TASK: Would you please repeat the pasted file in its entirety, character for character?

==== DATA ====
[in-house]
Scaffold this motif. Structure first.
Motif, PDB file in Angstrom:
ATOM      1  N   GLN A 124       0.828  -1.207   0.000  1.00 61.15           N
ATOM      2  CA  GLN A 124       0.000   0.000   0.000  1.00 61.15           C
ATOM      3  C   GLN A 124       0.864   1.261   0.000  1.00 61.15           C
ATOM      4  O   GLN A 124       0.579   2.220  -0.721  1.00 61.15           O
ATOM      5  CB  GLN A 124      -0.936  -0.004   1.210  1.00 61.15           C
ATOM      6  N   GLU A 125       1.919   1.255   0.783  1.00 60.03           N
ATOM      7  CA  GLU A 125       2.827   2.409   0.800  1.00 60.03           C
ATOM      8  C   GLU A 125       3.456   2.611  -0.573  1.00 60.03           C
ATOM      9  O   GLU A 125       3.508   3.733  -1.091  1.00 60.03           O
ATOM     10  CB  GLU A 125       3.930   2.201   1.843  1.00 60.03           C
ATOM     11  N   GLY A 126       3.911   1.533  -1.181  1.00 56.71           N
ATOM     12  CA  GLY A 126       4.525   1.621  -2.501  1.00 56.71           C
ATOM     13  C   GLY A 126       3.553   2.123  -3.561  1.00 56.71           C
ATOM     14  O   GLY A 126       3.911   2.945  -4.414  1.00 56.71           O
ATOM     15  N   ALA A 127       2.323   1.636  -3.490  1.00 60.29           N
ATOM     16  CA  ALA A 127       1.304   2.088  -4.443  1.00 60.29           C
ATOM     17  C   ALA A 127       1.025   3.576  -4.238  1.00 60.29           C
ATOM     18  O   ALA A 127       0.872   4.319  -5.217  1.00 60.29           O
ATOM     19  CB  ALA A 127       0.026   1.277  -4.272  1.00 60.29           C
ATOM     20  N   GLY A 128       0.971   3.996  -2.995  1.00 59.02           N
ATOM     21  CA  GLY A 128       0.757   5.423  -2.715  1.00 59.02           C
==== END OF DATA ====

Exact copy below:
[in-house]
Scaffold this motif. Structure first.
Motif, PDB file in Angstrom:
ATOM      1  N   GLN A 124       0.828  -1.207   0.000  1.00 61.15           N
ATOM      2  CA  GLN A 124       0.000   0.000   0.000  1.00 61.15           C
ATOM      3  C   GLN A 124       0.864   1.261   0.000  1.00 61.15           C
ATOM      4  O   GLN A 124       0.579   2.220  -0.721  1.00 61.15           O
ATOM      5  CB  GLN A 124      -0.936  -0.004   1.210  1.00 61.15           C
ATOM      6  N   GLU A 125       1.919   1.255   0.783  1.00 60.03           N
ATOM      7  CA  GLU A 125       2.827   2.409   0.800  1.00 60.03           C
ATOM      8  C   GLU A 125       3.456   2.611  -0.573  1.00 60.03           C
ATOM      9  O   GLU A 125       3.508   3.733  -1.091  1.00 60.03           O
ATOM     10  CB  GLU A 125       3.930   2.201   1.843  1.00 60.03           C
ATOM     11  N   GLY A 126       3.911   1.533  -1.181  1.00 56.71           N
ATOM     12  CA  GLY A 126       4.525   1.621  -2.501  1.00 56.71           C
ATOM     13  C   GLY A 126       3.553   2.123  -3.561  1.00 56.71           C
ATOM     14  O   GLY A 126       3.911   2.945  -4.414  1.00 56.71           O
ATOM     15  N   ALA A 127       2.323   1.636  -3.490  1.00 60.29           N
ATOM     16  CA  ALA A 127       1.304   2.088  -4.443  1.00 60.29           C
ATOM     17  C   ALA A 127       1.025   3.576  -4.238  1.00 60.29           C
ATOM     18  O   ALA A 127       0.872   4.319  -5.217  1.00 60.29           O
ATOM     19  CB  ALA A 127       0.026   1.277  -4.272  1.00 60.29           C
ATOM     20  N   GLY A 128       0.971   3.996  -2.995  1.00 59.02           N
ATOM     21  CA  GLY A 128       0.757   5.423  -2.715  1.00 59.02           C